A group of students from the University of Exeter recently put their training into practice by helping to deliver first-rate medical care at Reading Festival.
Thirteen medical students and for the first time, one nursing student, based at the University's St Luke’s campus in Exeter and Truro campus in Cornwall, gained valuable experience of working in a fast-paced and busy environment by manning the first aid tent and responding to incidents at one of the biggest festivals in the UK.
Each of the students completed an intense emergency care four-day training course to prepare them for the extremities of the festival, which covered aspects such as basic life support and management of shock and burns. The cover is organised by charity Festival Medical Services (FMS), which organises volunteers to provide professional medical care for largescale events across the country.
Megan Roby, a fourth-year medicine student and one of the student volunteers, said: “Working at Reading Festival as a volunteer first responder was incredible since it offered a variety of authentic learning experiences in just five days.
“Alongside other medical students, I worked with a team of professionals including paramedics, nurses and doctors. The quantity of information, such as various radio-commands, protocols and site locations, was initially overwhelming as it could be required for quick recall at any time.
“After being on-the-go, responding to cases in multiple locations, listening to constant communications over a walkie-talkie and having to make snap decisions, like whether I should call an ambulance for a possible serious concussion, I was relieved that, on reflection, I acted in the best interests of the patients in a resource-limited environment whilst simultaneously managing crowds of intoxicated bystanders.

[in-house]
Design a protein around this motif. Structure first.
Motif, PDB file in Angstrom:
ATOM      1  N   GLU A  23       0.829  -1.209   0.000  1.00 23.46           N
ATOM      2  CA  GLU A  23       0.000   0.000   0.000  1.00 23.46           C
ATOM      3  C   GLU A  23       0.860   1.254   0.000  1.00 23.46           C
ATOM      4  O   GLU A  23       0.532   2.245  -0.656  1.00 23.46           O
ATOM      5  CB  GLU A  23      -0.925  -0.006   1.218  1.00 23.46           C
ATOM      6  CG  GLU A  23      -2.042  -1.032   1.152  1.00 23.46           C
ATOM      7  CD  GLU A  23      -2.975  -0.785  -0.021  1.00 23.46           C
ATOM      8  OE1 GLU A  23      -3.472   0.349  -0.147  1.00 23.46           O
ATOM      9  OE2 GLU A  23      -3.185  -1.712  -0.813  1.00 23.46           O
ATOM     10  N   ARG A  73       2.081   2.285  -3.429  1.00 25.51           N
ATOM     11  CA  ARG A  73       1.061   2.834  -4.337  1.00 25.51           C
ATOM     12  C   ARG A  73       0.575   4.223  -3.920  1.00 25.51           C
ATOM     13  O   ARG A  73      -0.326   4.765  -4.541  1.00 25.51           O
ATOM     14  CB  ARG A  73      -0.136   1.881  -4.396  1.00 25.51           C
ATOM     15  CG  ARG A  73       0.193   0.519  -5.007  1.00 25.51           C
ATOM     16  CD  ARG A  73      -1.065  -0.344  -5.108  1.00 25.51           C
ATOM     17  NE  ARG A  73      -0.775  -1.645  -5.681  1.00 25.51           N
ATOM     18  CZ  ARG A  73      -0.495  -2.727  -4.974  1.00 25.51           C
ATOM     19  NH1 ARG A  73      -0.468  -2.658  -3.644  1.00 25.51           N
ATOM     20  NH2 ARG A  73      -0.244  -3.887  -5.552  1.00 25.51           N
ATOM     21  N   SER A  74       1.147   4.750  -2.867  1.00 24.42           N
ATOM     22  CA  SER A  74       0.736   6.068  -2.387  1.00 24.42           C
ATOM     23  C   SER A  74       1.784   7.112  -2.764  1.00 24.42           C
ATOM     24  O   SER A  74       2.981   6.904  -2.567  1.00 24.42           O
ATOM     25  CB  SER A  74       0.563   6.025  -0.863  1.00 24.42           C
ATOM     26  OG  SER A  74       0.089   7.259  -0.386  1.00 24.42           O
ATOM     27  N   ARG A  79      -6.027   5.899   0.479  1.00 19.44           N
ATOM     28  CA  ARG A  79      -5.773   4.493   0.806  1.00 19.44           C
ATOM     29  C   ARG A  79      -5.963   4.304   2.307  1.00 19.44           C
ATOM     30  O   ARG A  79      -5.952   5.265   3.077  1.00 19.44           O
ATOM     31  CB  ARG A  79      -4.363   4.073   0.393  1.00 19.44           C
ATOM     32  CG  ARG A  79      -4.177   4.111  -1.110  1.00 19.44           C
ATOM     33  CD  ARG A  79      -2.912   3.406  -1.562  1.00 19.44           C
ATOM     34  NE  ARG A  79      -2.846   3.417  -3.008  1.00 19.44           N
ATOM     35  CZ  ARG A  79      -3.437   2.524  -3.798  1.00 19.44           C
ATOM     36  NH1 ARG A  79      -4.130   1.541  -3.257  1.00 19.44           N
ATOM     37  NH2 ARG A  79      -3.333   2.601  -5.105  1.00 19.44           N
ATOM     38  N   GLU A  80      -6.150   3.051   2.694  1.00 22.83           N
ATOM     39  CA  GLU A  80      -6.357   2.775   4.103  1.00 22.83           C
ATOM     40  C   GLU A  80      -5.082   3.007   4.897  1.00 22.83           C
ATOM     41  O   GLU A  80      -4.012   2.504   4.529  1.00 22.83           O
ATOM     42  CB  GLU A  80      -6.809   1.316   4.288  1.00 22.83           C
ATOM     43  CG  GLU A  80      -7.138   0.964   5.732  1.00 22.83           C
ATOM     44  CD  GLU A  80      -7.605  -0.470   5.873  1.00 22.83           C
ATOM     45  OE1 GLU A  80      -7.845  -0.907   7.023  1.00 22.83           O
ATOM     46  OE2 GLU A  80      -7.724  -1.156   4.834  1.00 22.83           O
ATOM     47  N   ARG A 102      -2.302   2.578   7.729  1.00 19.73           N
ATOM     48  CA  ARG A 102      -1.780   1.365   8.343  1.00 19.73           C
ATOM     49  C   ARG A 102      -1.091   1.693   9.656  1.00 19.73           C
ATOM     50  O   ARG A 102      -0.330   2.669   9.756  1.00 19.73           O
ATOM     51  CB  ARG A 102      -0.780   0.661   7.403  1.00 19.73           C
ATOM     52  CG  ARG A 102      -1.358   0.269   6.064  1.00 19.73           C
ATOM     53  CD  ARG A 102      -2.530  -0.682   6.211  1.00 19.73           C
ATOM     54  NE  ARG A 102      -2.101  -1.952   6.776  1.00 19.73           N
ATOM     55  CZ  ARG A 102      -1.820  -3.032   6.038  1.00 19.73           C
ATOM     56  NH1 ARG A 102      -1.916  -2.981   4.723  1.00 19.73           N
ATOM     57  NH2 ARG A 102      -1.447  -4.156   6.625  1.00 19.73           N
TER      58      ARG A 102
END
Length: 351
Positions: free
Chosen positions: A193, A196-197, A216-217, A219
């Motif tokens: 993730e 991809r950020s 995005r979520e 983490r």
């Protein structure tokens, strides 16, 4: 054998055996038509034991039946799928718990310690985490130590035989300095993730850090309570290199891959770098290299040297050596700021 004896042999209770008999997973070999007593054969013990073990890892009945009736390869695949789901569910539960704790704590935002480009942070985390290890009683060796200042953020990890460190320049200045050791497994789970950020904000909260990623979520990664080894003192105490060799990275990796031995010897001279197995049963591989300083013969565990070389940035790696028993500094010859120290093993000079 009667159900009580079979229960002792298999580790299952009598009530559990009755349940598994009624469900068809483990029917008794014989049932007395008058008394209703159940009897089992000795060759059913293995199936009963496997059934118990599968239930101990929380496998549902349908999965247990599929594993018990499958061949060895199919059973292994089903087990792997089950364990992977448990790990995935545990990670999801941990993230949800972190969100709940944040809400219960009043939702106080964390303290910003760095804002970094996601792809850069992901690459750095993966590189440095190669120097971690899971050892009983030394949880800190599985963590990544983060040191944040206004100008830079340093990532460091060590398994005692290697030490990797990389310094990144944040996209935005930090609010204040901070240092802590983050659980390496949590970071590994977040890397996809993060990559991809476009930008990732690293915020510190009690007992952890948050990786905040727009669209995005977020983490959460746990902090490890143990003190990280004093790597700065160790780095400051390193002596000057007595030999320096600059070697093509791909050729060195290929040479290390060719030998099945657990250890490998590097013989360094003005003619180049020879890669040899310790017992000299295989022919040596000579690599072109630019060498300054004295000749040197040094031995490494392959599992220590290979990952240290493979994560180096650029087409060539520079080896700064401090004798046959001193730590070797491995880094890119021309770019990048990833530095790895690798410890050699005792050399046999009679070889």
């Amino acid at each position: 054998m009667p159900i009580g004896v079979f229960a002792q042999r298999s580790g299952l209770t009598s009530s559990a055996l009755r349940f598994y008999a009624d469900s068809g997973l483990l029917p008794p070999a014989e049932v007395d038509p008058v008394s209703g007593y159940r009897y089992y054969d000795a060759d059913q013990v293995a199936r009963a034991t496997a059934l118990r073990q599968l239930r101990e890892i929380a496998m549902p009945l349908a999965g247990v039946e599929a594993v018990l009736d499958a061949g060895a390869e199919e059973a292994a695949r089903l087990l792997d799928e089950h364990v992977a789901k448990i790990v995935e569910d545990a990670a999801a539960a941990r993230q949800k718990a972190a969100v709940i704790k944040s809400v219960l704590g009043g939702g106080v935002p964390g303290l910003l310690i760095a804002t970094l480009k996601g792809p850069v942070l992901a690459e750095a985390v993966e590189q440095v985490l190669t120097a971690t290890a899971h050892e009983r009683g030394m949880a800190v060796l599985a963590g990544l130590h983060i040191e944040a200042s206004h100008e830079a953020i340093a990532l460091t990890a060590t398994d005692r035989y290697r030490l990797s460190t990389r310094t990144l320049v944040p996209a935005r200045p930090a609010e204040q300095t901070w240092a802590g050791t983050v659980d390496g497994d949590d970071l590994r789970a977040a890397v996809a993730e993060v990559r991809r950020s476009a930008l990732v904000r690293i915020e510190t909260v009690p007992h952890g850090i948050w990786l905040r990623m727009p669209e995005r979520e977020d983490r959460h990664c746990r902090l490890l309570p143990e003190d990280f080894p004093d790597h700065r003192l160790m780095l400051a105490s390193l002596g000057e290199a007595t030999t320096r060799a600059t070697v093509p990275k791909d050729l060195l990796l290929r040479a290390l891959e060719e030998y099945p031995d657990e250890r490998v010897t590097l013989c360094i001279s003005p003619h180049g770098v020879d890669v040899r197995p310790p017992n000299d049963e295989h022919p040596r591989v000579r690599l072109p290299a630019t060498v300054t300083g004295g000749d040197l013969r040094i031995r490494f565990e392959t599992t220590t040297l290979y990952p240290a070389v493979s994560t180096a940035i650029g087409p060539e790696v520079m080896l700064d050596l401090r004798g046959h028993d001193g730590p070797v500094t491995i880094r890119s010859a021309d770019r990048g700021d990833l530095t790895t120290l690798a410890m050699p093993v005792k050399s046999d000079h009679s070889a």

“The whole experience highlighted the need for teamwork, mutual trust, and a holistic approach when taking care of patients. Most attendees were teenagers who have never been to such a huge event before, so clear communication and empathy were crucial.
“Working as part of a festival medical team is full-on and exhausting, but it is extremely rewarding with the added perk of live music at the end of each shift!”
Before the pandemic, students from Exeter’s Truro campus volunteered at both Reading and Glastonbury festival annually as part of the Festival Medical Services (FMS) programme.
Professor Ian Fussell, Associate Dean of Education for the College of Medicine and Health and Senior Team Member of FMS, who led the student group, said “We’re delighted to contribute to the safety and enjoyment of the public at Reading Festival.
“It’s a wonderful experience for our students to volunteer for Festival Medical Services, but most importantly, this helps people to enjoy themselves in as Covid safe way as possible after the past difficult 18 months.”
Students are invited to apply for a place on the FMS Responder team each year and are expected to contribute to the funding of their training for this role.
For more information on how to apply, contact Professor Fussell.